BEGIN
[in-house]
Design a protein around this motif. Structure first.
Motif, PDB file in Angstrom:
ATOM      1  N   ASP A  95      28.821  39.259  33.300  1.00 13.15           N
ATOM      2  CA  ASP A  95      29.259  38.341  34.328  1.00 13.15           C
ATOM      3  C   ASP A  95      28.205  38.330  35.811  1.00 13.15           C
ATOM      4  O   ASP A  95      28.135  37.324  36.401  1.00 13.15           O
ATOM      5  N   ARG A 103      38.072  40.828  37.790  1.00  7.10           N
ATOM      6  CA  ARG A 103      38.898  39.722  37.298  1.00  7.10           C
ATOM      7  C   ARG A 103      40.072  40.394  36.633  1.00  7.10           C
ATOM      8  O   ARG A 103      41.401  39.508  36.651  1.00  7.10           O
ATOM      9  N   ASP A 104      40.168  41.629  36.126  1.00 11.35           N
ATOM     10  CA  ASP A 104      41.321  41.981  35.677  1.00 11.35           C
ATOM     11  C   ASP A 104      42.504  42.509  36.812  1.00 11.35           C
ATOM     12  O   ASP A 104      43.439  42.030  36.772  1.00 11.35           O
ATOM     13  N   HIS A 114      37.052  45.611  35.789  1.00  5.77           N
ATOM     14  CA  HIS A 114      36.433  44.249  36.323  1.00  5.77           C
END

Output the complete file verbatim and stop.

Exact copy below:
[in-house]
Design a protein around this motif. Structure first.
Motif, PDB file in Angstrom:
ATOM      1  N   ASP A  95      28.821  39.259  33.300  1.00 13.15           N
ATOM      2  CA  ASP A  95      29.259  38.341  34.328  1.00 13.15           C
ATOM      3  C   ASP A  95      28.205  38.330  35.811  1.00 13.15           C
ATOM      4  O   ASP A  95      28.135  37.324  36.401  1.00 13.15           O
ATOM      5  N   ARG A 103      38.072  40.828  37.790  1.00  7.10           N
ATOM      6  CA  ARG A 103      38.898  39.722  37.298  1.00  7.10           C
ATOM      7  C   ARG A 103      40.072  40.394  36.633  1.00  7.10           C
ATOM      8  O   ARG A 103      41.401  39.508  36.651  1.00  7.10           O
ATOM      9  N   ASP A 104      40.168  41.629  36.126  1.00 11.35           N
ATOM     10  CA  ASP A 104      41.321  41.981  35.677  1.00 11.35           C
ATOM     11  C   ASP A 104      42.504  42.509  36.812  1.00 11.35           C
ATOM     12  O   ASP A 104      43.439  42.030  36.772  1.00 11.35           O
ATOM     13  N   HIS A 114      37.052  45.611  35.789  1.00  5.77           N
ATOM     14  CA  HIS A 114      36.433  44.249  36.323  1.00  5.77           C